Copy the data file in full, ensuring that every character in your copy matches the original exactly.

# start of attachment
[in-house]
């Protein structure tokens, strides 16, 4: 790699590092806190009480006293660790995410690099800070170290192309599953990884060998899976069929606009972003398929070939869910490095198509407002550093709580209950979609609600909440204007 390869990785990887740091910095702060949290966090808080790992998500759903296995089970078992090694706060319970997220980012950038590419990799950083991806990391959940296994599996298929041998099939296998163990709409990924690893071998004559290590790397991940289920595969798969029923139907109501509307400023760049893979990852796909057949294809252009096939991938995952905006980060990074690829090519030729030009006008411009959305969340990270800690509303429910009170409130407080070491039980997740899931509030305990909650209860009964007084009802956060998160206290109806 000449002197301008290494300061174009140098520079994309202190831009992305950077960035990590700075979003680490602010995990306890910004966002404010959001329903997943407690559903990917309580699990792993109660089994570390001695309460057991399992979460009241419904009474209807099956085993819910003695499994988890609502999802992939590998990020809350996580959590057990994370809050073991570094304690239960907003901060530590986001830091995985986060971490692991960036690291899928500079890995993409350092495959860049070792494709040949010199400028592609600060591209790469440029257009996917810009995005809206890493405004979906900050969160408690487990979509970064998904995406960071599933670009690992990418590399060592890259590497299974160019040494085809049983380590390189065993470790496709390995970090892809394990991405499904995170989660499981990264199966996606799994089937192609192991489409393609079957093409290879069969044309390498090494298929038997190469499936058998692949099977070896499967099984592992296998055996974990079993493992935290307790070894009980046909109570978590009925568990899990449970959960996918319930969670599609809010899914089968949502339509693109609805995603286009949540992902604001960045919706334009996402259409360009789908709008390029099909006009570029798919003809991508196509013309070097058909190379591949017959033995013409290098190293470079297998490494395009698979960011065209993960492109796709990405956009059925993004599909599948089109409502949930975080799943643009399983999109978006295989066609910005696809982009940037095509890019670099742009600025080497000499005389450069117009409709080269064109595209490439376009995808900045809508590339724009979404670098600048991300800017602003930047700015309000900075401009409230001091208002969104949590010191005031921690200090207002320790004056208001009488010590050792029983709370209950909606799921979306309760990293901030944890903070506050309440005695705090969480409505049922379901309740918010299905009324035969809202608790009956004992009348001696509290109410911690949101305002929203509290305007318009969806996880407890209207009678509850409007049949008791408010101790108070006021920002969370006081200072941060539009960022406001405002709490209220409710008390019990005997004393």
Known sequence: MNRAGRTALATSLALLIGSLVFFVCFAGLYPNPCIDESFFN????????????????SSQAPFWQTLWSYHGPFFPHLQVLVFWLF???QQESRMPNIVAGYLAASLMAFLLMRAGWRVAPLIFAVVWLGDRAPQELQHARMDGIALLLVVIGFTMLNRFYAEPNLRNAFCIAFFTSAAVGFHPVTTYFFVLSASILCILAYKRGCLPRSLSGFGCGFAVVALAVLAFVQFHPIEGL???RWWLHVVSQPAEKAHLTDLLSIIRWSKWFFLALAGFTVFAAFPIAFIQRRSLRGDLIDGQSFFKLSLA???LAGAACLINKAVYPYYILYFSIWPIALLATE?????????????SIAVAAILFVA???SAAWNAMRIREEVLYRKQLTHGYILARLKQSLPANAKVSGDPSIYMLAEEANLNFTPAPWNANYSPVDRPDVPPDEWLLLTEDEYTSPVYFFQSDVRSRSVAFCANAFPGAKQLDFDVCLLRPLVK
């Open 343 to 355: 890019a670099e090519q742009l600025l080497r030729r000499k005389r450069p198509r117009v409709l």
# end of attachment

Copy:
[in-house]
């Protein structure tokens, strides 16, 4: 790699590092806190009480006293660790995410690099800070170290192309599953990884060998899976069929606009972003398929070939869910490095198509407002550093709580209950979609609600909440204007 390869990785990887740091910095702060949290966090808080790992998500759903296995089970078992090694706060319970997220980012950038590419990799950083991806990391959940296994599996298929041998099939296998163990709409990924690893071998004559290590790397991940289920595969798969029923139907109501509307400023760049893979990852796909057949294809252009096939991938995952905006980060990074690829090519030729030009006008411009959305969340990270800690509303429910009170409130407080070491039980997740899931509030305990909650209860009964007084009802956060998160206290109806 000449002197301008290494300061174009140098520079994309202190831009992305950077960035990590700075979003680490602010995990306890910004966002404010959001329903997943407690559903990917309580699990792993109660089994570390001695309460057991399992979460009241419904009474209807099956085993819910003695499994988890609502999802992939590998990020809350996580959590057990994370809050073991570094304690239960907003901060530590986001830091995985986060971490692991960036690291899928500079890995993409350092495959860049070792494709040949010199400028592609600060591209790469440029257009996917810009995005809206890493405004979906900050969160408690487990979509970064998904995406960071599933670009690992990418590399060592890259590497299974160019040494085809049983380590390189065993470790496709390995970090892809394990991405499904995170989660499981990264199966996606799994089937192609192991489409393609079957093409290879069969044309390498090494298929038997190469499936058998692949099977070896499967099984592992296998055996974990079993493992935290307790070894009980046909109570978590009925568990899990449970959960996918319930969670599609809010899914089968949502339509693109609805995603286009949540992902604001960045919706334009996402259409360009789908709008390029099909006009570029798919003809991508196509013309070097058909190379591949017959033995013409290098190293470079297998490494395009698979960011065209993960492109796709990405956009059925993004599909599948089109409502949930975080799943643009399983999109978006295989066609910005696809982009940037095509890019670099742009600025080497000499005389450069117009409709080269064109595209490439376009995808900045809508590339724009979404670098600048991300800017602003930047700015309000900075401009409230001091208002969104949590010191005031921690200090207002320790004056208001009488010590050792029983709370209950909606799921979306309760990293901030944890903070506050309440005695705090969480409505049922379901309740918010299905009324035969809202608790009956004992009348001696509290109410911690949101305002929203509290305007318009969806996880407890209207009678509850409007049949008791408010101790108070006021920002969370006081200072941060539009960022406001405002709490209220409710008390019990005997004393």
Known sequence: MNRAGRTALATSLALLIGSLVFFVCFAGLYPNPCIDESFFN????????????????SSQAPFWQTLWSYHGPFFPHLQVLVFWLF???QQESRMPNIVAGYLAASLMAFLLMRAGWRVAPLIFAVVWLGDRAPQELQHARMDGIALLLVVIGFTMLNRFYAEPNLRNAFCIAFFTSAAVGFHPVTTYFFVLSASILCILAYKRGCLPRSLSGFGCGFAVVALAVLAFVQFHPIEGL???RWWLHVVSQPAEKAHLTDLLSIIRWSKWFFLALAGFTVFAAFPIAFIQRRSLRGDLIDGQSFFKLSLA???LAGAACLINKAVYPYYILYFSIWPIALLATE?????????????SIAVAAILFVA???SAAWNAMRIREEVLYRKQLTHGYILARLKQSLPANAKVSGDPSIYMLAEEANLNFTPAPWNANYSPVDRPDVPPDEWLLLTEDEYTSPVYFFQSDVRSRSVAFCANAFPGAKQLDFDVCLLRPLVK
């Open 343 to 355: 890019a670099e090519q742009l600025l080497r030729r000499k005389r450069p198509r117009v409709l």